It’s called a Pasqueflower, a lovely of the high plains, mountain states and north.
Among the very first wildflowers of spring here in the foothills of Colorado, pasqueflowers sometimes even push up through light snowcover. And though I haven’t seen one yet this year, I took this photo in very early spring some time back. As a cold weather flower, they tend to stay close to the ground, about six inches tall, and often can be found as in this photo in drier, rocky areas that hold the warmth of the late winter sun.
Sometimes confused with tulips, it’s also called the Prairie Crocus, May Day Flower, and appropriately, Easter Flower: those of you who perceive the etymology of words might have guessed the latter. Pasque comes from paschal: ‘of, or relating to, Easter or Passover.’ Picking up on the symbolism within the Jewish celebration of Passover, where a lamb’s blood protected the Hebrew people from the ravages of death (see Exodus 12), Jesus, in 1 Corinthians 5:7, is referred to as our Passover, or paschal, lamb. Though there are other flowers also associated with the blood of Christ (the Rose and Bleeding Heart among them), the Pasqueflower is associated with Easter by the timing of the season.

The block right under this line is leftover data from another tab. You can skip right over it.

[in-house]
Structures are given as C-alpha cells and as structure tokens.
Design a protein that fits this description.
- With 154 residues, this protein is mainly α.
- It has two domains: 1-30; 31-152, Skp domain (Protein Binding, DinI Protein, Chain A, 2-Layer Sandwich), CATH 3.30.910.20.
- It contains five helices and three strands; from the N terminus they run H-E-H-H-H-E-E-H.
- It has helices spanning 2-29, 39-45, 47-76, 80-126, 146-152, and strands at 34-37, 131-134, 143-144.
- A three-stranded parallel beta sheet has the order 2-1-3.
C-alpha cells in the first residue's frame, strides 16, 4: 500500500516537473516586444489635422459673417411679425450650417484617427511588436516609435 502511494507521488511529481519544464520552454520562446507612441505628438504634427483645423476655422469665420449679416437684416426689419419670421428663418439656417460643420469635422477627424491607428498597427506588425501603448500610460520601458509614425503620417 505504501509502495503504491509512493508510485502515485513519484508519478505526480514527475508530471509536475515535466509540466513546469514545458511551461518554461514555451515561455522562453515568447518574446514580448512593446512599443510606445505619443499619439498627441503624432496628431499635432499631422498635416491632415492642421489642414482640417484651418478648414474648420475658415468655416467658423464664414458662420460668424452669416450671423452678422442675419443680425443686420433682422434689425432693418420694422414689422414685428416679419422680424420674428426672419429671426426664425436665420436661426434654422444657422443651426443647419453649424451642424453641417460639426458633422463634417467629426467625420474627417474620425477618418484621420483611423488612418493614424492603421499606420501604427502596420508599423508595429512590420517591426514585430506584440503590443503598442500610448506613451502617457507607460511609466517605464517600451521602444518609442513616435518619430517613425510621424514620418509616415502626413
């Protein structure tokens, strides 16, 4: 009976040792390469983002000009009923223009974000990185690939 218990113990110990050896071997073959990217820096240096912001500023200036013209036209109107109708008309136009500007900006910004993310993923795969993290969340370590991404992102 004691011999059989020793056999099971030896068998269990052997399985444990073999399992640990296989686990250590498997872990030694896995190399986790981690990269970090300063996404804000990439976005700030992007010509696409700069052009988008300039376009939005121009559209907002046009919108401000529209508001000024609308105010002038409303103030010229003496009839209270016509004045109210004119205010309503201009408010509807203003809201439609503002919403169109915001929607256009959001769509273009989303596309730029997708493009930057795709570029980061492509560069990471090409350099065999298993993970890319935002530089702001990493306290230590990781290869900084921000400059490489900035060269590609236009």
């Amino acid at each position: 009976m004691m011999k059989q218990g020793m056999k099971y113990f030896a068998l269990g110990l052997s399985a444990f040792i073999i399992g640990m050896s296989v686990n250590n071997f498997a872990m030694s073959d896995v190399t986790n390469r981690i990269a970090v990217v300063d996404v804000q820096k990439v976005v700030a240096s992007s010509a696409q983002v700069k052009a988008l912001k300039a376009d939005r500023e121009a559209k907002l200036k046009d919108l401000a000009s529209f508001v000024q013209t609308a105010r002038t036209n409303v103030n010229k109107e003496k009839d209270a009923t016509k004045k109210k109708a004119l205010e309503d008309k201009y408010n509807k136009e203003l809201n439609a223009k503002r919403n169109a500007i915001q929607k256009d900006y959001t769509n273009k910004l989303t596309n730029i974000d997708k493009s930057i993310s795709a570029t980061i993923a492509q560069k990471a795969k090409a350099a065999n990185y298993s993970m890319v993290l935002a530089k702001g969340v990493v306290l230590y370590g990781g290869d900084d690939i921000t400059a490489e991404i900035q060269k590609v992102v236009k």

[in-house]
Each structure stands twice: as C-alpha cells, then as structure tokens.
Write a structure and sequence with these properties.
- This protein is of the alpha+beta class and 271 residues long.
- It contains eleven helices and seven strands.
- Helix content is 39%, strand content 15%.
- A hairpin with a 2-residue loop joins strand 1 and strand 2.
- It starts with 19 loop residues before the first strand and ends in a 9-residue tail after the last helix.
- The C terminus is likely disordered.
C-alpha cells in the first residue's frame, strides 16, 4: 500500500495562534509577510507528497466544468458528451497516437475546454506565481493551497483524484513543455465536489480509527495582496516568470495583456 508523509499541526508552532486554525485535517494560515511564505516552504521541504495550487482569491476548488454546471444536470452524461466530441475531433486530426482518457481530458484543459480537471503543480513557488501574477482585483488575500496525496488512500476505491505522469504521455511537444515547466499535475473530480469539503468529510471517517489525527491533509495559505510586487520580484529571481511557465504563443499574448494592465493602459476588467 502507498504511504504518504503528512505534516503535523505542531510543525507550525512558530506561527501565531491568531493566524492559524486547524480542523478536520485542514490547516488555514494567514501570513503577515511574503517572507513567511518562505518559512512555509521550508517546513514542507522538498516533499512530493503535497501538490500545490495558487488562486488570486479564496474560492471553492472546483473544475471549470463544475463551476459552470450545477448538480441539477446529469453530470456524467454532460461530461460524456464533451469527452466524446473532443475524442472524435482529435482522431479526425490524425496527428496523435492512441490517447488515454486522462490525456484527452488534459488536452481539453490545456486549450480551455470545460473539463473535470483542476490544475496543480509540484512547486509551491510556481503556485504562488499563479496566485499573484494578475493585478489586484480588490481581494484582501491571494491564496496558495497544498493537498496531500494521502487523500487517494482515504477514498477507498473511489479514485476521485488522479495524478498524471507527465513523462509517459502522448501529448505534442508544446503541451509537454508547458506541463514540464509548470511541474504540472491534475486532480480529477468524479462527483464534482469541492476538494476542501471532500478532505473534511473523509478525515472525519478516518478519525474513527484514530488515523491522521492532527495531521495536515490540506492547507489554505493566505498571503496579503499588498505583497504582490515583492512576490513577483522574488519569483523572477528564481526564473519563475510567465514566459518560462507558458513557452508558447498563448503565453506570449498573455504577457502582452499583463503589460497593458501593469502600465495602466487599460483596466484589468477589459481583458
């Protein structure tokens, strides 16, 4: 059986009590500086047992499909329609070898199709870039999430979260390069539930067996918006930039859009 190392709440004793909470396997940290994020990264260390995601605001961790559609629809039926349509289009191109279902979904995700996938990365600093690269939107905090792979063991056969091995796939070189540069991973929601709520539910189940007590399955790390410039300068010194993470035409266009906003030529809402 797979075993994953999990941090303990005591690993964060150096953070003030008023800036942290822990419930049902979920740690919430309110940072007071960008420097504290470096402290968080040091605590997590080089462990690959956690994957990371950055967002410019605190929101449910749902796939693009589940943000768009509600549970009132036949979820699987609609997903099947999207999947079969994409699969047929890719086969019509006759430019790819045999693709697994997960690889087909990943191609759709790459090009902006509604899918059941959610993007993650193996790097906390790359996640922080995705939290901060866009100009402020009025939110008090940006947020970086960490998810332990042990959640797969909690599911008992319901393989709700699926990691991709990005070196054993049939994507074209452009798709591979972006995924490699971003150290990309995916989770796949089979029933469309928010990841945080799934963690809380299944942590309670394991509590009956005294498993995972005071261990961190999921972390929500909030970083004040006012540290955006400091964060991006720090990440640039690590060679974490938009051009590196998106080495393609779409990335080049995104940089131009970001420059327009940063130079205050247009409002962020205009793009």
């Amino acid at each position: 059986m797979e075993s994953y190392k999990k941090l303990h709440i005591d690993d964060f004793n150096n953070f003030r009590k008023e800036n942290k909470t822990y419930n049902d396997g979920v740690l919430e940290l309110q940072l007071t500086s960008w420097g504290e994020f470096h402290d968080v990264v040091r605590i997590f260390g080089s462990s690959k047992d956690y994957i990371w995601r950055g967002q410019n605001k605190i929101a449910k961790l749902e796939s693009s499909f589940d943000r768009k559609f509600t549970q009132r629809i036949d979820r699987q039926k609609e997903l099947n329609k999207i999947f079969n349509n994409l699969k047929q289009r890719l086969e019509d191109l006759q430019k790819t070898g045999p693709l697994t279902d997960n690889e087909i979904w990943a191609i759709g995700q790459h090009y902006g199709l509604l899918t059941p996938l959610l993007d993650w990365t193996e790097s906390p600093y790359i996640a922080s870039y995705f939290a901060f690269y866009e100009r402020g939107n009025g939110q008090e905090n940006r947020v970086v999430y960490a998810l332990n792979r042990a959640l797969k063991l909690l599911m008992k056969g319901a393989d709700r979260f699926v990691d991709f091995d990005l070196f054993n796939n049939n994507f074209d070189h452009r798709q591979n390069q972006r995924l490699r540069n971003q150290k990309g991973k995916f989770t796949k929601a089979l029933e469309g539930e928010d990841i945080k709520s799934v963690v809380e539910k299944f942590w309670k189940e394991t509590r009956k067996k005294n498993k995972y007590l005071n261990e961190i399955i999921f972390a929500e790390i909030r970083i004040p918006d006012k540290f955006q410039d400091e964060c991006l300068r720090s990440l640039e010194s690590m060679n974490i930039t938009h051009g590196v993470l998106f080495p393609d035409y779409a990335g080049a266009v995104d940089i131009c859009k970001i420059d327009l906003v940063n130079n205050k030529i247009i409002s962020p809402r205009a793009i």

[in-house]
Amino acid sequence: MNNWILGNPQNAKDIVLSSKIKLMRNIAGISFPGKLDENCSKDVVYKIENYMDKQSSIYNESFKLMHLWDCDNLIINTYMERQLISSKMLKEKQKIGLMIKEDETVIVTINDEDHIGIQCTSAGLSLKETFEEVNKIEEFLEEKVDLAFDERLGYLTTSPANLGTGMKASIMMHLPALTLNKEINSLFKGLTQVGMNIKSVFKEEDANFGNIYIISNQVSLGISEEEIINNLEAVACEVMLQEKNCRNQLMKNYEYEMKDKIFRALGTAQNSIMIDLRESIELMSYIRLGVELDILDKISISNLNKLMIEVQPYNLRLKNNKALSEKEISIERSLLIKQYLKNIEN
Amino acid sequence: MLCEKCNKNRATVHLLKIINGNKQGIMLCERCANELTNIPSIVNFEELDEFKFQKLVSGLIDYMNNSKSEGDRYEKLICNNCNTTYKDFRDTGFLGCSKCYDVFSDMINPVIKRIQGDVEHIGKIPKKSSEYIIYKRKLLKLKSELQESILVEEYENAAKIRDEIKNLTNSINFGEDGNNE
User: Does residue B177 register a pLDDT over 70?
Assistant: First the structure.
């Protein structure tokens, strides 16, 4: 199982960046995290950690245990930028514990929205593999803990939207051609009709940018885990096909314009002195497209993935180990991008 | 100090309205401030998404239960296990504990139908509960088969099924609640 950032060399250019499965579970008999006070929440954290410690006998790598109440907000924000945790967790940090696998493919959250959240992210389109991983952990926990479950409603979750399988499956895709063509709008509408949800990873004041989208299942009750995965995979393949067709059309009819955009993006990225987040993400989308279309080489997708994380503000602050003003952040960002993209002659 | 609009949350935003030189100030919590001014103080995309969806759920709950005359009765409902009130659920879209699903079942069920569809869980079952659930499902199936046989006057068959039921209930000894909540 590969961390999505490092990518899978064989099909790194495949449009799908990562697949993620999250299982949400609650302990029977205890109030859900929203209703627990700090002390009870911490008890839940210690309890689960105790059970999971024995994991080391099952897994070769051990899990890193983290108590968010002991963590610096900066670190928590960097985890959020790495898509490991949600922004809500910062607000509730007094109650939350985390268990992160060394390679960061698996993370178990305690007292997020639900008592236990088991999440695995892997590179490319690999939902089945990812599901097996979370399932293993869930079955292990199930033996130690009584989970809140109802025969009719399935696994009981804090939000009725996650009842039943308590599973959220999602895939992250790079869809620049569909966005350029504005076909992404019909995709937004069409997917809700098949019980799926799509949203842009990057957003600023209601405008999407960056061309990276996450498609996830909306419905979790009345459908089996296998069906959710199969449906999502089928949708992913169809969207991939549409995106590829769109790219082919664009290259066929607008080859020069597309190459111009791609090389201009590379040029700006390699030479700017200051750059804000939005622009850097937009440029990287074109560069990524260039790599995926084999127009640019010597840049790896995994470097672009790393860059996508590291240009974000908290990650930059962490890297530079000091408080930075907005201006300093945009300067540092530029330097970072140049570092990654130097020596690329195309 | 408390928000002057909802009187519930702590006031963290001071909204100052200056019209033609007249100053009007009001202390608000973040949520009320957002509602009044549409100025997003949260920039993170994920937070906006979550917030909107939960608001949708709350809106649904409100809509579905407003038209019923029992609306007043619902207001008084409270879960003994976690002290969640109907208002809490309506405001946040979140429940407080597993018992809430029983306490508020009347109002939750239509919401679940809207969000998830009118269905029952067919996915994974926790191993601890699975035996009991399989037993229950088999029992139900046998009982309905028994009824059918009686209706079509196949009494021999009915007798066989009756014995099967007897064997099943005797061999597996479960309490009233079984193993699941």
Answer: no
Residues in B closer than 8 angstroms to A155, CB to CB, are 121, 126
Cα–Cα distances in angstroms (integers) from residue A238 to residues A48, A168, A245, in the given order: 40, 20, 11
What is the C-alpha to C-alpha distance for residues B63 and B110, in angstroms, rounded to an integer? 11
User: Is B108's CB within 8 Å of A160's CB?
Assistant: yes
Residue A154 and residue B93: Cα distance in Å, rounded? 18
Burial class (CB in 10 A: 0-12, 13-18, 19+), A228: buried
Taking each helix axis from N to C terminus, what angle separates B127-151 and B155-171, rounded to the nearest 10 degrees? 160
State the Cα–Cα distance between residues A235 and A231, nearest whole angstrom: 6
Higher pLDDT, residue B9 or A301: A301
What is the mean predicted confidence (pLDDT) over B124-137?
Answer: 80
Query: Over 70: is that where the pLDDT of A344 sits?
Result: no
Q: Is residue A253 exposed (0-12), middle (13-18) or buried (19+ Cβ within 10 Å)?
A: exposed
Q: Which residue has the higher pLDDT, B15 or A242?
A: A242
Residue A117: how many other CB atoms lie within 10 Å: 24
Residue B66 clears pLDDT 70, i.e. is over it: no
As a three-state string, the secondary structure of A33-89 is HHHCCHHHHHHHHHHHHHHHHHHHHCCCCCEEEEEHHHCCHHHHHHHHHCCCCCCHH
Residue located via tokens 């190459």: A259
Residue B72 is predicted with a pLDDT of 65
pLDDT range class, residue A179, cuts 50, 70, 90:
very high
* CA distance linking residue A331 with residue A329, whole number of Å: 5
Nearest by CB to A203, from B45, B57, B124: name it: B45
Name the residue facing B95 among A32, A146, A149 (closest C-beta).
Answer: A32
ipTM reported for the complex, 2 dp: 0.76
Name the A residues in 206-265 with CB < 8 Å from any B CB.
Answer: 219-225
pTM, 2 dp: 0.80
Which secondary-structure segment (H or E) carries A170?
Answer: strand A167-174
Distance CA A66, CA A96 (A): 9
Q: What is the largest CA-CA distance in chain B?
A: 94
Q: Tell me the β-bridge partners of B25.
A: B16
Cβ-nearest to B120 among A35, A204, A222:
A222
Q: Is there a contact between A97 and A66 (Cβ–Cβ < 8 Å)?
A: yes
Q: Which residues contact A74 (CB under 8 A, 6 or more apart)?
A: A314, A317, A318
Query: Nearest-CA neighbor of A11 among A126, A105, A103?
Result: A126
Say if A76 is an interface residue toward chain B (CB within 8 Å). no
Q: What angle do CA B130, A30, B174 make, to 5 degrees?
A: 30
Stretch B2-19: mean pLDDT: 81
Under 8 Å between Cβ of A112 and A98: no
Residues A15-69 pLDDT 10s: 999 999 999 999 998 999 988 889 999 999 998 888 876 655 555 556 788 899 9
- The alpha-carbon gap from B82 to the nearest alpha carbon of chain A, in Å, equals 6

And so, with those redeemed of Christ throughout nearly one and a half millennia, we pray:
O Lamb of God, Who takes away the sins of the world, have mercy upon us.
O Lamb of God, Who takes away the sins of the world, grant us Your peace.
Interestingly, though the plant is full of toxins, its derivatives can be used medicinally for birthing/labor issues and certain vision impairments. These uses offer all kinds of possibilities for further spiritual symbolisms, connecting Easter life to our circumstances, if we wanted to go that route.
Finally, kudos to the State of South Dakota and the Canadian Province of Manitoba, both of which had the creative presence of mind to name the Pasqueflower their state/provincial bloom, though known there by different names.
~~RGM, From a Past Entry in my
Journal and on my Blog